In November 2016 Scotmas announced that they are sending new self-sustaining technology to Botswana to bring properly treated water supplies to some of its most remote areas.The Bravo Hydro system runs without grid electricity or solar power, using a tiny generator in the water pipe. Scotmas said the technology could bring reliably disinfected water to areas where it had not been possible before.It is being sent to 40 villages in Botswana thanks to a major investment by the country’s government.
Scotmas undertook around ten collaborative projects with academia since the original project facilitated by Interface including two Knowledge Transfer Partnerships (KTPs) with Heriot-Watt University. The family business employs 42 people and provides chlorine dioxide water solutions around the world – including in Doha for the Qatar World Cup 2022 and in villages in southern India.
In 2020 Interface linked Scotmas to Robert Gordon University to support the development of a new and innovative method of producing disinfectants without harmful by-products for use in hospitals, water supplies and food production applications. The project was funded through an Advanced Innovation Voucher and won Innovation of the Year at The Scottsh Knowledge Exchange Awards 2021.
*The REF is the system for assessing the quality of research in UK higher education institutions.
React2 is a specialist software company based in Peebles, developing speech and language therapy rehabilitation tools for both adults and children suffering from brain injury and trauma.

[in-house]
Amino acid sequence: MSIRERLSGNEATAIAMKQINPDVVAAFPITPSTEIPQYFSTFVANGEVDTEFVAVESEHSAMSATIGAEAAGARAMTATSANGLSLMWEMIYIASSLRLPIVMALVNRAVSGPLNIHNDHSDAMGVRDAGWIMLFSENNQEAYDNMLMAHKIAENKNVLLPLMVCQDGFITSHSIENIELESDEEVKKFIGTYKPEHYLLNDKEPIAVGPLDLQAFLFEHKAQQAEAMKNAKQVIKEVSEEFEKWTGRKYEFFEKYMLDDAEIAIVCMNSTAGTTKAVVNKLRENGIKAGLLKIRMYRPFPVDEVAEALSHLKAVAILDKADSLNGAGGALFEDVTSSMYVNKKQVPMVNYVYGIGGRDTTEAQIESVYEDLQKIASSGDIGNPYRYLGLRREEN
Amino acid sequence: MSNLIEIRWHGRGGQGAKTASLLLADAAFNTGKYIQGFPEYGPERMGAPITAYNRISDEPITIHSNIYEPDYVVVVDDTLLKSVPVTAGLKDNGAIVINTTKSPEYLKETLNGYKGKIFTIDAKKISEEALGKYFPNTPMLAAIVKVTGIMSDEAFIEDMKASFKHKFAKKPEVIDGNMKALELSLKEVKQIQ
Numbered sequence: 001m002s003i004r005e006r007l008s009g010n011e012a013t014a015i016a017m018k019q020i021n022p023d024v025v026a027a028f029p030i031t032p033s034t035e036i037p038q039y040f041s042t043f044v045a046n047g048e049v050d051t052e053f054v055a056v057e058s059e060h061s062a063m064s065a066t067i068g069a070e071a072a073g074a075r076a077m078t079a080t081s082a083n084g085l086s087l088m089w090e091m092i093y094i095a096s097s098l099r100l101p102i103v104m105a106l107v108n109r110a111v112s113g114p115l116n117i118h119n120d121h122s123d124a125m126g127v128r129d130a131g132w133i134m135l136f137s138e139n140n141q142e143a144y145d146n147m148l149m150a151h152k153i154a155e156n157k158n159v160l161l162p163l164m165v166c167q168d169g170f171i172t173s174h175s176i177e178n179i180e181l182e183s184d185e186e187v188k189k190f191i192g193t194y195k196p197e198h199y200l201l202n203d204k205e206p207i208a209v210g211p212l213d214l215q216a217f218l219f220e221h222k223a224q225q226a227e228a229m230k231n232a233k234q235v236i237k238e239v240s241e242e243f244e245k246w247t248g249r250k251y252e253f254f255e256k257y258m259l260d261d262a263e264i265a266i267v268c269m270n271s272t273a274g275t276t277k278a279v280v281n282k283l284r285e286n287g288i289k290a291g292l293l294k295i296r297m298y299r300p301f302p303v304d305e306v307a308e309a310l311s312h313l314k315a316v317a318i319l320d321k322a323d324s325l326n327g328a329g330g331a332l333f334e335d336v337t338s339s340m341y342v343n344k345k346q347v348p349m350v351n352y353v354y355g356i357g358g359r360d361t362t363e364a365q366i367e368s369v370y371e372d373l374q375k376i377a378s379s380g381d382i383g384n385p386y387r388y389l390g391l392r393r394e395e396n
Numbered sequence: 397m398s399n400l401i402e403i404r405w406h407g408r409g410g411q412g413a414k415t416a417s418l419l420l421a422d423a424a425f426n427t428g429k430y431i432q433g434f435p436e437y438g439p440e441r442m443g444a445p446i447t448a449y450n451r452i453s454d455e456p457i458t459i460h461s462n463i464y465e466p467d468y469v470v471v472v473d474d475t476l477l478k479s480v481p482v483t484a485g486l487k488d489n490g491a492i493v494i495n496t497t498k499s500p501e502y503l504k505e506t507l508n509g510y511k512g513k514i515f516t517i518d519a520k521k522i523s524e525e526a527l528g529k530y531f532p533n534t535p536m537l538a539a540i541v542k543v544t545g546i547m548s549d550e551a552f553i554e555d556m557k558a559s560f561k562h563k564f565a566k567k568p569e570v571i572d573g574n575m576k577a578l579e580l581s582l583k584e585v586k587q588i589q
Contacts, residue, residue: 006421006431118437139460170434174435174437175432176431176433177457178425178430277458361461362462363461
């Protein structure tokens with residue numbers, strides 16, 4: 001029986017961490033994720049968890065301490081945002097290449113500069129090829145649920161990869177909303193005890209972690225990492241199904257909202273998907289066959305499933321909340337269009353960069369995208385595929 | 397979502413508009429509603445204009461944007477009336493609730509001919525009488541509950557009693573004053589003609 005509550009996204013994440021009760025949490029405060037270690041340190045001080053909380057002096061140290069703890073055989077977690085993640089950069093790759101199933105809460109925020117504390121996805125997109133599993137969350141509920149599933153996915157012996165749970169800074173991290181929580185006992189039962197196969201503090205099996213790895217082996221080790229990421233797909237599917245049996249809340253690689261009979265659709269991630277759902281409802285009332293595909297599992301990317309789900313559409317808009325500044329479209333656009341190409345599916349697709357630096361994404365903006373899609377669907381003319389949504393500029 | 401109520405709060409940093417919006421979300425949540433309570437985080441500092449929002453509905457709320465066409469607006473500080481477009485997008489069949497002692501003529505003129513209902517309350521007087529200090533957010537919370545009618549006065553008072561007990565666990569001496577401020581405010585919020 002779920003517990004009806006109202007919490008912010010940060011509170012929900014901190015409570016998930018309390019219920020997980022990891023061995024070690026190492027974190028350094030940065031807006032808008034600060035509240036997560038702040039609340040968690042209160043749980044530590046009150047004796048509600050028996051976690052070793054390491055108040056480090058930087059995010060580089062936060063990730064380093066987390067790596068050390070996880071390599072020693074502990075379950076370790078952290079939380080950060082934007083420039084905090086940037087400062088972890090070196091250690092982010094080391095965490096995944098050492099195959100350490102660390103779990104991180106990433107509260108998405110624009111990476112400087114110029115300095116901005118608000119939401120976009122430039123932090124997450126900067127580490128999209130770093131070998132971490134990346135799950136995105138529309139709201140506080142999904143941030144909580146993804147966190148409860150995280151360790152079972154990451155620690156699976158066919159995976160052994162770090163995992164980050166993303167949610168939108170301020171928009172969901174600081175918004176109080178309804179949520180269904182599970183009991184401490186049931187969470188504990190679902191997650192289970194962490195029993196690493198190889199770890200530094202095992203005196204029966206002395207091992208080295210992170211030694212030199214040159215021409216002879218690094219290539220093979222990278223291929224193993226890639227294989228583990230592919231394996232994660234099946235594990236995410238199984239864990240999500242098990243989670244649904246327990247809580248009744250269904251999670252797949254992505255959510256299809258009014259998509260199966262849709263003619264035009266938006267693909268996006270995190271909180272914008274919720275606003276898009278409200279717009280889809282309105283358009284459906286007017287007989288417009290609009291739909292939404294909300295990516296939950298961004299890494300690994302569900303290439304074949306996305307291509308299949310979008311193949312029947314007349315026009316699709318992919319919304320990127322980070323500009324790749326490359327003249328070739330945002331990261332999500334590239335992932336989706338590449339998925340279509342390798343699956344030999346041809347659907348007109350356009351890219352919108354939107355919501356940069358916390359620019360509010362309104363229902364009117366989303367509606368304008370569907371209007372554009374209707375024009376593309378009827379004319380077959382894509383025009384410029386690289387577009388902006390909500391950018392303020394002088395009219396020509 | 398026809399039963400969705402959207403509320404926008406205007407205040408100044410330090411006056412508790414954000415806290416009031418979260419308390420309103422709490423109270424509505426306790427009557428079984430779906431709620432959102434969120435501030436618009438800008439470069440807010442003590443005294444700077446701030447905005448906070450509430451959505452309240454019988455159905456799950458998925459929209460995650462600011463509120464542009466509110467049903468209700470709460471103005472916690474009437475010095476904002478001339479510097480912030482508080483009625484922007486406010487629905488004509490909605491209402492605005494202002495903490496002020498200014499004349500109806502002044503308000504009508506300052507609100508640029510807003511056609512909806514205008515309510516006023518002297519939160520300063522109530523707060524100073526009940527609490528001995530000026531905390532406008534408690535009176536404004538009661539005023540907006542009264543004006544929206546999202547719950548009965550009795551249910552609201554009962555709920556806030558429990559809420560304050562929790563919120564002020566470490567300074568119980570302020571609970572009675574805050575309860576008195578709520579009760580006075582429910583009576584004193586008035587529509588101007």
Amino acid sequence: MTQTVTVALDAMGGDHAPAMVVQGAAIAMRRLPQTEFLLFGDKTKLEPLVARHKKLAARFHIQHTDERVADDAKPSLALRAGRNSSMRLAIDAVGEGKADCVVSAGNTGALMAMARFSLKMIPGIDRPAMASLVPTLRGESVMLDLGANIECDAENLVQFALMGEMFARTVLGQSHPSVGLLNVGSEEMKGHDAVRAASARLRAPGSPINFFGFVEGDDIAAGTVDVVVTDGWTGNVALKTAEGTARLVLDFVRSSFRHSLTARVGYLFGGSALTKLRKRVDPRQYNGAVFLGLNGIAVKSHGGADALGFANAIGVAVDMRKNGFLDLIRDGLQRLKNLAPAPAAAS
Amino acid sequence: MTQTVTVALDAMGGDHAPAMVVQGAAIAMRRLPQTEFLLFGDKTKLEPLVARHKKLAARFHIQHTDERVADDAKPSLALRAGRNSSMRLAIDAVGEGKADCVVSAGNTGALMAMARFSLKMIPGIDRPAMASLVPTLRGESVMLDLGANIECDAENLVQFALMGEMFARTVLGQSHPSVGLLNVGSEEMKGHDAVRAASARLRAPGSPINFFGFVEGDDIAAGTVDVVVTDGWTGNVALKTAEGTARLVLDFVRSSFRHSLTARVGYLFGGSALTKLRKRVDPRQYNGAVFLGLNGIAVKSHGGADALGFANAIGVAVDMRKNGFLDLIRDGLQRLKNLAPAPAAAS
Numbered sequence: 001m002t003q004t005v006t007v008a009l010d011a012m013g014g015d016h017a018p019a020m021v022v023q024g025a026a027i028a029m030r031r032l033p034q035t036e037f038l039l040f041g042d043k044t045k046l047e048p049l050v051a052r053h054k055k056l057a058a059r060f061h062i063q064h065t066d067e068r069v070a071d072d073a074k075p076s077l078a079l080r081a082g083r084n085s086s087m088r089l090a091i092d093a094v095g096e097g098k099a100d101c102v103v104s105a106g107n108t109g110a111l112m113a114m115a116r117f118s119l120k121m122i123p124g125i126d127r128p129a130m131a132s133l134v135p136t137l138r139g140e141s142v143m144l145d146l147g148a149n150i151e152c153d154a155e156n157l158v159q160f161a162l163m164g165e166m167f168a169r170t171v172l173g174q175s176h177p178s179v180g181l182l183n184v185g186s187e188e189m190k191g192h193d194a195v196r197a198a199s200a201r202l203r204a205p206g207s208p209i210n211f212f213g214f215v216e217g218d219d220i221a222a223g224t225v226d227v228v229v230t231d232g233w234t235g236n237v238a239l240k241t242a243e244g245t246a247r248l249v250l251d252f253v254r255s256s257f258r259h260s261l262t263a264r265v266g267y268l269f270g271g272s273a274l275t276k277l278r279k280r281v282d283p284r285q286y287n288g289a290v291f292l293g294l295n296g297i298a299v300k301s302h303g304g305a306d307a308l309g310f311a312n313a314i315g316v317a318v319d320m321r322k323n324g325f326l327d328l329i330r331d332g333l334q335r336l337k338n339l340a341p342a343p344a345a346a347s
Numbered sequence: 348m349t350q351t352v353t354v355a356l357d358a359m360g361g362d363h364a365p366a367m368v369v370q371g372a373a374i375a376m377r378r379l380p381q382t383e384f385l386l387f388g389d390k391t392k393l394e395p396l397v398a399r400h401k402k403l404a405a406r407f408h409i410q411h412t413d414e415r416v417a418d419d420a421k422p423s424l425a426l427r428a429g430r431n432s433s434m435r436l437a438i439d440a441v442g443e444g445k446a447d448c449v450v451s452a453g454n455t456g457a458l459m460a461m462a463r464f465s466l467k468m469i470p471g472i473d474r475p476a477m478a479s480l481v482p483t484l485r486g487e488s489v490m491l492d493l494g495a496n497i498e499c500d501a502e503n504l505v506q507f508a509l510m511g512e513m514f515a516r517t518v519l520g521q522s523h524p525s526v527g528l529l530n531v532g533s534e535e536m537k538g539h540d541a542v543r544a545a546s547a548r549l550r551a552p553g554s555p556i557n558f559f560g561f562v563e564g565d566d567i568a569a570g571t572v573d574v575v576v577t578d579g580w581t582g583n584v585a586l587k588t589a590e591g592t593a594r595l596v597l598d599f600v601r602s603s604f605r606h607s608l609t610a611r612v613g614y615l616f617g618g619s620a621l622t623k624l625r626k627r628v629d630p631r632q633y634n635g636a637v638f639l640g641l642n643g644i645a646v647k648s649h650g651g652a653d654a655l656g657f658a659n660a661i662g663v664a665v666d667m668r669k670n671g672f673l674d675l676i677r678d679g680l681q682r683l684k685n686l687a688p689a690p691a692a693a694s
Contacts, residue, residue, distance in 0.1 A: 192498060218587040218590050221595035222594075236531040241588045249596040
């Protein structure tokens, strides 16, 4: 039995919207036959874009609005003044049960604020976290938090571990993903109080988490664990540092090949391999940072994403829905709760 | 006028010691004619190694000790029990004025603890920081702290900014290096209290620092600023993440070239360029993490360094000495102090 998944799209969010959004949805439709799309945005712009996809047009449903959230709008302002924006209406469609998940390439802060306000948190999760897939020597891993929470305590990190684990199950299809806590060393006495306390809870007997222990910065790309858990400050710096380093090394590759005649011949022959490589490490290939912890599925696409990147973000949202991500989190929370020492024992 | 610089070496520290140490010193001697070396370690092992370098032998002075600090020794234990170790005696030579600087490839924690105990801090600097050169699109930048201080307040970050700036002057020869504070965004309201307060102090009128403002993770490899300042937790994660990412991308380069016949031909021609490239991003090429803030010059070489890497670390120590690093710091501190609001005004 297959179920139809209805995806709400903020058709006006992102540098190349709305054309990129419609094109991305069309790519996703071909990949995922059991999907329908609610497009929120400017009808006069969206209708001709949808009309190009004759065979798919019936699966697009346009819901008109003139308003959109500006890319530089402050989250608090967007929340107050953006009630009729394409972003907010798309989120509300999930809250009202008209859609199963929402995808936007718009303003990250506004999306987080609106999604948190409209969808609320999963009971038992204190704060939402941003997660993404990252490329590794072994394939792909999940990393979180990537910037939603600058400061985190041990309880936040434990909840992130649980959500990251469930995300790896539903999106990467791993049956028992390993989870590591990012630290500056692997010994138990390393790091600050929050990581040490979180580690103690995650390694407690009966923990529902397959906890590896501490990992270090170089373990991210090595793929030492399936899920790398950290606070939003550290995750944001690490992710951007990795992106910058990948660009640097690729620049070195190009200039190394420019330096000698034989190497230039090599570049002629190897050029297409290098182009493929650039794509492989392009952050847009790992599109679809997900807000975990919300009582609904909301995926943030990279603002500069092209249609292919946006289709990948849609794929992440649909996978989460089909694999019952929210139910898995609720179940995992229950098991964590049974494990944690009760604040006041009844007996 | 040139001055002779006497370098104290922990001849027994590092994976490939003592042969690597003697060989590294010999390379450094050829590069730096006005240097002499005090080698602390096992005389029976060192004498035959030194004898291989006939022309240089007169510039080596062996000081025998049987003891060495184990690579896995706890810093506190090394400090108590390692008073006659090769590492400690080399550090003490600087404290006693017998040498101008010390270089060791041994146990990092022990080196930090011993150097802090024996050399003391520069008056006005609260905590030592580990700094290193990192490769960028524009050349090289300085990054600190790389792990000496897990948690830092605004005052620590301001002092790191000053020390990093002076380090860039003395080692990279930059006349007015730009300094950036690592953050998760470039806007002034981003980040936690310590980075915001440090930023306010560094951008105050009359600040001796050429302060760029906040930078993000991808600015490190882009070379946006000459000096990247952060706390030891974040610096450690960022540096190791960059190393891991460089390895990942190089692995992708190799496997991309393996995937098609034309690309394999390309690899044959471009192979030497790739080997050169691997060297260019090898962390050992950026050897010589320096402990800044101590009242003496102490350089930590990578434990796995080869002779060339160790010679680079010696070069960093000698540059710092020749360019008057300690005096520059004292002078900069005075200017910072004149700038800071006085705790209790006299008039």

Since 1998, the company has developed a suite of speech and language therapy (SLT) software called React, which has been a leading product for SLT, sold to therapists and private individuals throughout most English speaking countries.
The Business Challenge
React2 recognised the need to investigate, for the first time, the mechanisms underlying stroke patient recovery using computer assisted home therapy. This led to their Managing Director, Dean Turnbull, meeting with Dr Siobhán Jordan of Interface and the Knowledge Links team to investigate how the academic sector could support the development of the young business and to take forward the ideas of React2.
The result has been a successful collaboration with SINAPSE, the Scottish university research pool for brain imaging. The research is being undertaken at the Brain Research Imaging Centre (BRIC), a member of the SINAPSE collaboration, at the Division of Clinical Neurosciences, University of Edinburgh at the Western General Hospital.